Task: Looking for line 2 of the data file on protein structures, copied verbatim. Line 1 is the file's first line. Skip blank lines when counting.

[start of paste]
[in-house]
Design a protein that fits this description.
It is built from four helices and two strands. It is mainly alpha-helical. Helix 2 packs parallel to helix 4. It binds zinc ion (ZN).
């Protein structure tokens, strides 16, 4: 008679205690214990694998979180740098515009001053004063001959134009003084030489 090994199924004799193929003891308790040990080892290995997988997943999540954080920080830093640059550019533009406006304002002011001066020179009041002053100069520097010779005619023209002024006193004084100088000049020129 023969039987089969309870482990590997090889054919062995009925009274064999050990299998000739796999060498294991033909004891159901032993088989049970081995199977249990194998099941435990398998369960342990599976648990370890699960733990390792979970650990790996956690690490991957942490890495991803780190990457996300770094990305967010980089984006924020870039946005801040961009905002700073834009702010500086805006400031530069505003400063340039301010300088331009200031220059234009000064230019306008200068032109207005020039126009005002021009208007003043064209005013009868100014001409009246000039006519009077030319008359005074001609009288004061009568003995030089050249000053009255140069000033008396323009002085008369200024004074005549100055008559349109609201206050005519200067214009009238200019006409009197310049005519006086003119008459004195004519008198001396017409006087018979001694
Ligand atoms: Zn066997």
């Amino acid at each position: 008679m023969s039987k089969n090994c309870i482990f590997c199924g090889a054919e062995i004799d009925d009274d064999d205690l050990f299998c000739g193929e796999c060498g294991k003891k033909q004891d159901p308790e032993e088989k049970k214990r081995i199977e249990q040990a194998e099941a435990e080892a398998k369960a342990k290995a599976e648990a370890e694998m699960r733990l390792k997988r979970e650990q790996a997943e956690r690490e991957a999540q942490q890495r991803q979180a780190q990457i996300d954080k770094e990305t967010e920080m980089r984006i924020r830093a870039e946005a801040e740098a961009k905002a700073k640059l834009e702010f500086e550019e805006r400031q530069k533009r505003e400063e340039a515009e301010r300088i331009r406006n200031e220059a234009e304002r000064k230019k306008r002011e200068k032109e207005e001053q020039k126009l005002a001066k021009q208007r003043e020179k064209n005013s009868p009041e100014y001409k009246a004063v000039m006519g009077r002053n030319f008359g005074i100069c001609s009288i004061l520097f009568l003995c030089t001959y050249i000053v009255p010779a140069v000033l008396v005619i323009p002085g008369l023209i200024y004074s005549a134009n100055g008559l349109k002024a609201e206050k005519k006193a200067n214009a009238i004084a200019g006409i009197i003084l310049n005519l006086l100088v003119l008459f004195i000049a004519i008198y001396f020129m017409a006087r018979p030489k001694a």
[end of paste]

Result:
Design a protein that fits this description.